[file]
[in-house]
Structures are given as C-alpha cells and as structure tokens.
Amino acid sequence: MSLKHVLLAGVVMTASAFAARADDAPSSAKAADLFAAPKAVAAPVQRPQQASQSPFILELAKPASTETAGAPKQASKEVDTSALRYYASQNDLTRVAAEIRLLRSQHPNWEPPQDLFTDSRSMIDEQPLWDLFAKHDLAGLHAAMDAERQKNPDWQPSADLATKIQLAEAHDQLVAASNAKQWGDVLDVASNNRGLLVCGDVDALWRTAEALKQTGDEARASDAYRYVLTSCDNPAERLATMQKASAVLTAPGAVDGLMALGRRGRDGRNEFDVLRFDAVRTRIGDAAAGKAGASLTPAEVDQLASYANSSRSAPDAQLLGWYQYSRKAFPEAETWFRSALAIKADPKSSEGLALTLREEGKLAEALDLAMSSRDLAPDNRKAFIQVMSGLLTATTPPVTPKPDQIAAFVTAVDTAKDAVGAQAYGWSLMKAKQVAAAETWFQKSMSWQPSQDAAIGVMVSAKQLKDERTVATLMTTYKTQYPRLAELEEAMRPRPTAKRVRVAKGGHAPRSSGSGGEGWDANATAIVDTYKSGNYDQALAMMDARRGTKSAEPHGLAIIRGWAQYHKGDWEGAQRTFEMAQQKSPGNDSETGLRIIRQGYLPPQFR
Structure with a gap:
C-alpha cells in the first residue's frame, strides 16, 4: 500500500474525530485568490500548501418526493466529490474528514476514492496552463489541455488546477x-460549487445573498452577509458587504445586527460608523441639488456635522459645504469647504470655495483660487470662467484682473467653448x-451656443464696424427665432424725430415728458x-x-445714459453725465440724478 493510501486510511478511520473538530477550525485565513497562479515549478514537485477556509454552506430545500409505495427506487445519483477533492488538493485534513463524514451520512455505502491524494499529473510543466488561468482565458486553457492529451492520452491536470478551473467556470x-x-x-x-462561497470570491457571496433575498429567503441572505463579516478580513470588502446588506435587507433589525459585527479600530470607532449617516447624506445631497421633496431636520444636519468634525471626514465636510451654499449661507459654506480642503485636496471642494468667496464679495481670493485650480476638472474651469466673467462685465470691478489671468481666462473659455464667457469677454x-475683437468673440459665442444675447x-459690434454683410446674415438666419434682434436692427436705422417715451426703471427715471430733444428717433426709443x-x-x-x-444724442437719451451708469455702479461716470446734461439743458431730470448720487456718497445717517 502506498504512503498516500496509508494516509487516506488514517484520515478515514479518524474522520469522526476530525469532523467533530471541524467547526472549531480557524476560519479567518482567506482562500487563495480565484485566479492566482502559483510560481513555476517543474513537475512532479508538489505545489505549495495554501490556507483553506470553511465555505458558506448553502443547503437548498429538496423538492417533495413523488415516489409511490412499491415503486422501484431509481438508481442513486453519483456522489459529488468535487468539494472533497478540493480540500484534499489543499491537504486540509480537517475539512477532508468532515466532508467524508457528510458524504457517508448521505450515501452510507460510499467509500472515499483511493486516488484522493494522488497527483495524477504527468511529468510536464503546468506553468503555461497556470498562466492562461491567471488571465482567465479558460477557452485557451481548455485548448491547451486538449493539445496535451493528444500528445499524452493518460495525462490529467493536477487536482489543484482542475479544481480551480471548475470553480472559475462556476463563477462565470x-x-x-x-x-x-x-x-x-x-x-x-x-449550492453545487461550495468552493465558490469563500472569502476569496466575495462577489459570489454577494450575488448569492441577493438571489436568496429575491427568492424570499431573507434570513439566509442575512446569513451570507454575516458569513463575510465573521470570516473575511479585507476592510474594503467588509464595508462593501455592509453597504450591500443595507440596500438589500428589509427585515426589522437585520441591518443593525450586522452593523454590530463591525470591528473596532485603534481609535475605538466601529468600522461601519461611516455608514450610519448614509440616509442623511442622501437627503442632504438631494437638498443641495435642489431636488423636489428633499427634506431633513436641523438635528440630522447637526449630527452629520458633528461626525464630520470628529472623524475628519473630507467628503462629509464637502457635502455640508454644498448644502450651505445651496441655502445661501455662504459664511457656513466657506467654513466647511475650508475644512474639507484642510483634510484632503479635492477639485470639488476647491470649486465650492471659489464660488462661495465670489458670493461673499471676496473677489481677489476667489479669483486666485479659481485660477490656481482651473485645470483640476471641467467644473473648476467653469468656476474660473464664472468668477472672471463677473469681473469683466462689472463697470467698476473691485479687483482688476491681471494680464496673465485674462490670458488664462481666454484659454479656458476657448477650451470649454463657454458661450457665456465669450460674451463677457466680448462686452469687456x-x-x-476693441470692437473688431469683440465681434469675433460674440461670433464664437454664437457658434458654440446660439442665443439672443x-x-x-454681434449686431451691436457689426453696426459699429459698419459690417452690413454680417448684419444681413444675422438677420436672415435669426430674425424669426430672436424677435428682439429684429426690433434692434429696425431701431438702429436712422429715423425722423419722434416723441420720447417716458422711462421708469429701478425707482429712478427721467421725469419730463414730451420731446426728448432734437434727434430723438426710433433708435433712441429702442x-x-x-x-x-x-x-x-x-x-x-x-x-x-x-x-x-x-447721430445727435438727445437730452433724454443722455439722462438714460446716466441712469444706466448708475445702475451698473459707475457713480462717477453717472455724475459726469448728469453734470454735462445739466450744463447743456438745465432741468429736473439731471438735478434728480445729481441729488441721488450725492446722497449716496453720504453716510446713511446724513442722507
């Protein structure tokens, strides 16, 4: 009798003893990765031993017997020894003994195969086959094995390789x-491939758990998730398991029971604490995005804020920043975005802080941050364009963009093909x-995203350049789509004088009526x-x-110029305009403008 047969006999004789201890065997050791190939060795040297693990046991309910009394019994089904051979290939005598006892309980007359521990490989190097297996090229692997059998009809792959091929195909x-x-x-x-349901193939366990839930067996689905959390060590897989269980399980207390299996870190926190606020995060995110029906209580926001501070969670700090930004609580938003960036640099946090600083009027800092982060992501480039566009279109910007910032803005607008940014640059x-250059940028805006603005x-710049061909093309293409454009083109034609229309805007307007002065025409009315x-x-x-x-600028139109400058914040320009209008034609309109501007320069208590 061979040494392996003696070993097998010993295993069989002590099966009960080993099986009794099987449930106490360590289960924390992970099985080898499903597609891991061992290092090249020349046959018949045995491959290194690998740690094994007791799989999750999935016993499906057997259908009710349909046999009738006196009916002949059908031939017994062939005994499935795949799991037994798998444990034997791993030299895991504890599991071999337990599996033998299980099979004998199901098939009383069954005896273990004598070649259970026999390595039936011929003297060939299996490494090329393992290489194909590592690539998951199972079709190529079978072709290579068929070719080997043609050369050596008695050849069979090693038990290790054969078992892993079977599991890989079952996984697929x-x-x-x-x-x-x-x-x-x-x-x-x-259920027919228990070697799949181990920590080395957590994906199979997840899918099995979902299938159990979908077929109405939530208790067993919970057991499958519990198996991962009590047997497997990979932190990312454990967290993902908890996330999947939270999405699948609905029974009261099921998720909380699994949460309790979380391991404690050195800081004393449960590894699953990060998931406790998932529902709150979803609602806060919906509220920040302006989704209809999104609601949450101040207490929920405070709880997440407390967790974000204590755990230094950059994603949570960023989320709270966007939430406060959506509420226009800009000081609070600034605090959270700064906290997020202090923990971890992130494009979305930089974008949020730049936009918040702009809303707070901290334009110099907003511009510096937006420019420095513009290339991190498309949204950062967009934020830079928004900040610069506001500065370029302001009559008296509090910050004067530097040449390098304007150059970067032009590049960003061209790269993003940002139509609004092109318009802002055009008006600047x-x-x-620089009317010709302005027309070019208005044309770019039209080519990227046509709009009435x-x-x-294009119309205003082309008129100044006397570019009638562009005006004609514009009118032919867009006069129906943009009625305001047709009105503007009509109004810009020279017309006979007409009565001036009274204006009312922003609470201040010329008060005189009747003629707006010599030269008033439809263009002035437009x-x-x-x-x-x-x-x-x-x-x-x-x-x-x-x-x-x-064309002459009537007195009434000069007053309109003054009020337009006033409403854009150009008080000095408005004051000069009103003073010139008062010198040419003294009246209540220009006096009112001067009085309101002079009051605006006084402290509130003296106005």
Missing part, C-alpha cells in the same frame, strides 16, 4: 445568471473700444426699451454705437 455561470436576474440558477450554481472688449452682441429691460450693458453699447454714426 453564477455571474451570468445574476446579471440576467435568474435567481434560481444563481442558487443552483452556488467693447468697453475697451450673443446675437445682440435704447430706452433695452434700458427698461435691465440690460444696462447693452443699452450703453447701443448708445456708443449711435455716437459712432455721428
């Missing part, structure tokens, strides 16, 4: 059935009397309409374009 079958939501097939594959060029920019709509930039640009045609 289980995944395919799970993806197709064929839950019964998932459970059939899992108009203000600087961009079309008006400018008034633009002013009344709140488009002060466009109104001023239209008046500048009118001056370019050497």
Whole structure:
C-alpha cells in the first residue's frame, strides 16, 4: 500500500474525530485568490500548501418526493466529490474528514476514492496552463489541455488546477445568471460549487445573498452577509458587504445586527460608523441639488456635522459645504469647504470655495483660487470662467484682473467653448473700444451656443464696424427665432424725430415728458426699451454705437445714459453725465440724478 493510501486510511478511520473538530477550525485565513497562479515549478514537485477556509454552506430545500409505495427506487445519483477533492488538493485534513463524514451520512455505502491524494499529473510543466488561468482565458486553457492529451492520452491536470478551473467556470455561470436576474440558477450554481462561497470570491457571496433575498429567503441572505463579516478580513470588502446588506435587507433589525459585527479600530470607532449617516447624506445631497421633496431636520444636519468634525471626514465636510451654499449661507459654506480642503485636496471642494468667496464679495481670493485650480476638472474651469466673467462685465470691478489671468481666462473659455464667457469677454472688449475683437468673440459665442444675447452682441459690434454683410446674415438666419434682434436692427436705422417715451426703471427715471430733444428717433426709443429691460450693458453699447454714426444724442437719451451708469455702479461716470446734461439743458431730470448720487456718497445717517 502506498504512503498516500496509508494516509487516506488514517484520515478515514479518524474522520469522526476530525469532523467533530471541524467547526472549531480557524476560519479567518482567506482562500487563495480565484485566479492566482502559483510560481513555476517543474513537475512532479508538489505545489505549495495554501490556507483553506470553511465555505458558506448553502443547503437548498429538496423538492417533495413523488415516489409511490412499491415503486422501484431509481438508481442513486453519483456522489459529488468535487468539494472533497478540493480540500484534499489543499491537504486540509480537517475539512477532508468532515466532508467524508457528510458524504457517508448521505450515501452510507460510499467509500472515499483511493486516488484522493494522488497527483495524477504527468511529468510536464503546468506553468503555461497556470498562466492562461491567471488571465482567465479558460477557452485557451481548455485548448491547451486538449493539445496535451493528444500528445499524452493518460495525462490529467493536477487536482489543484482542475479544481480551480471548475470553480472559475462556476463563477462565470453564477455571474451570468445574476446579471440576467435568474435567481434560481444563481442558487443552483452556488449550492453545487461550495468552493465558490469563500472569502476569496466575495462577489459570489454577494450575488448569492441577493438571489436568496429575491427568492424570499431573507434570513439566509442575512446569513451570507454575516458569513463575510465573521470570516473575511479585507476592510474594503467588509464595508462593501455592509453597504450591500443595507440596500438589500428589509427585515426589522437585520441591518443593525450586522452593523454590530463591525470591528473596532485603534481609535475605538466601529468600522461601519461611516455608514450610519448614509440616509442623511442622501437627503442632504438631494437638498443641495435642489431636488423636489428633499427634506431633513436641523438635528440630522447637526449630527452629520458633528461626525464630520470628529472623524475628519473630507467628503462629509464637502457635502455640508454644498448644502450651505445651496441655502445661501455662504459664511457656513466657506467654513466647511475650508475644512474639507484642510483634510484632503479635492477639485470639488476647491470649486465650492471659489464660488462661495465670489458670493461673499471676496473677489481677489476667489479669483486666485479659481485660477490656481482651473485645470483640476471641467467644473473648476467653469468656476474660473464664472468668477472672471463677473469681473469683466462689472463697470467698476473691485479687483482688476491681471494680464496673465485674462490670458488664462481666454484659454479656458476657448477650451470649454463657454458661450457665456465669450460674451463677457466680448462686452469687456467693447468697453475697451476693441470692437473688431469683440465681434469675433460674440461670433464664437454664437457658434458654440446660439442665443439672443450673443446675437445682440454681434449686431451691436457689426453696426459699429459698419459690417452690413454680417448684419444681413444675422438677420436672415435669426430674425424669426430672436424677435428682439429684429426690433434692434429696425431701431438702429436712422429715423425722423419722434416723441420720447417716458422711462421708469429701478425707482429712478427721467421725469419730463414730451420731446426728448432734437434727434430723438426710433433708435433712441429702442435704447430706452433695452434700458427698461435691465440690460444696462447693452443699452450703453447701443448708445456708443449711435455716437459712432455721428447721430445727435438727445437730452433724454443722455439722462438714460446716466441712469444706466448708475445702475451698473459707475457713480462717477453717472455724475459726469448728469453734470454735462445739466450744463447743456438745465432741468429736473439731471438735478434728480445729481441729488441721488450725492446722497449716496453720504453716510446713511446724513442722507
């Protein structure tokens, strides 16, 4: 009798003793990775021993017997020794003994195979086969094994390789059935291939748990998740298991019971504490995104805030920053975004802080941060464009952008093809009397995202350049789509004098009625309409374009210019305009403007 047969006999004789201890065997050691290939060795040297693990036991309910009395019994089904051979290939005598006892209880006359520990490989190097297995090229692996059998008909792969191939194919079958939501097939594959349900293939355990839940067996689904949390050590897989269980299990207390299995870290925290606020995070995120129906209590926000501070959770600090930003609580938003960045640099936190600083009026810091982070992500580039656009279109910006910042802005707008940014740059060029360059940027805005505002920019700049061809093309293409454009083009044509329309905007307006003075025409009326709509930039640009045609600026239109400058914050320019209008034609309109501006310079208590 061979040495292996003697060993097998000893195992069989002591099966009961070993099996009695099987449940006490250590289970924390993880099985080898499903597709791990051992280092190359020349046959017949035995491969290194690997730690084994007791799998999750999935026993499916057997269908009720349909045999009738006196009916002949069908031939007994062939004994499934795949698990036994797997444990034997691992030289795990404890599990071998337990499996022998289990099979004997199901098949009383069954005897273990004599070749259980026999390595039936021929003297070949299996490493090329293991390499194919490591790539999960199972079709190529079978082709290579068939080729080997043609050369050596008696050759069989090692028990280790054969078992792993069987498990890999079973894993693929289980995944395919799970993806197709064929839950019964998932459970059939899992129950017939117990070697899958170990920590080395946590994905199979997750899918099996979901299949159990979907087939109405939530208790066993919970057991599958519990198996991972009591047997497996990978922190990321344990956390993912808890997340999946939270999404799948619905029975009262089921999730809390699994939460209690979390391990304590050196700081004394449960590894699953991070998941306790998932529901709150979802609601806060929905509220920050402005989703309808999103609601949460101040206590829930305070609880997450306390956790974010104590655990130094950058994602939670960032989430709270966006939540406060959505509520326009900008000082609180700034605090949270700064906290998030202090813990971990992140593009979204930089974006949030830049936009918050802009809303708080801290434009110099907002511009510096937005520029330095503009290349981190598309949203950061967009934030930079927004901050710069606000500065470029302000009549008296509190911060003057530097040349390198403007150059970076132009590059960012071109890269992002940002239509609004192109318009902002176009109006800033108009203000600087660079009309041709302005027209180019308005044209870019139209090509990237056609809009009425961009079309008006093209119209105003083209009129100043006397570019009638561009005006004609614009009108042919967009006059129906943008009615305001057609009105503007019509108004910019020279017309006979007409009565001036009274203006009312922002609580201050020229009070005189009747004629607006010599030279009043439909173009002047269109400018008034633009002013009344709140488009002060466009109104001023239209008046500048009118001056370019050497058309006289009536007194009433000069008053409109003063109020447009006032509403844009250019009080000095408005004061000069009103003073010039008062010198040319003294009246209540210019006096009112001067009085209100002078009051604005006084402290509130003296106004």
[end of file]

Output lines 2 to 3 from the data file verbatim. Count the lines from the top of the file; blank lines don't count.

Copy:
Structures are given as C-alpha cells and as structure tokens.
Amino acid sequence: MSLKHVLLAGVVMTASAFAARADDAPSSAKAADLFAAPKAVAAPVQRPQQASQSPFILELAKPASTETAGAPKQASKEVDTSALRYYASQNDLTRVAAEIRLLRSQHPNWEPPQDLFTDSRSMIDEQPLWDLFAKHDLAGLHAAMDAERQKNPDWQPSADLATKIQLAEAHDQLVAASNAKQWGDVLDVASNNRGLLVCGDVDALWRTAEALKQTGDEARASDAYRYVLTSCDNPAERLATMQKASAVLTAPGAVDGLMALGRRGRDGRNEFDVLRFDAVRTRIGDAAAGKAGASLTPAEVDQLASYANSSRSAPDAQLLGWYQYSRKAFPEAETWFRSALAIKADPKSSEGLALTLREEGKLAEALDLAMSSRDLAPDNRKAFIQVMSGLLTATTPPVTPKPDQIAAFVTAVDTAKDAVGAQAYGWSLMKAKQVAAAETWFQKSMSWQPSQDAAIGVMVSAKQLKDERTVATLMTTYKTQYPRLAELEEAMRPRPTAKRVRVAKGGHAPRSSGSGGEGWDANATAIVDTYKSGNYDQALAMMDARRGTKSAEPHGLAIIRGWAQYHKGDWEGAQRTFEMAQQKSPGNDSETGLRIIRQGYLPPQFR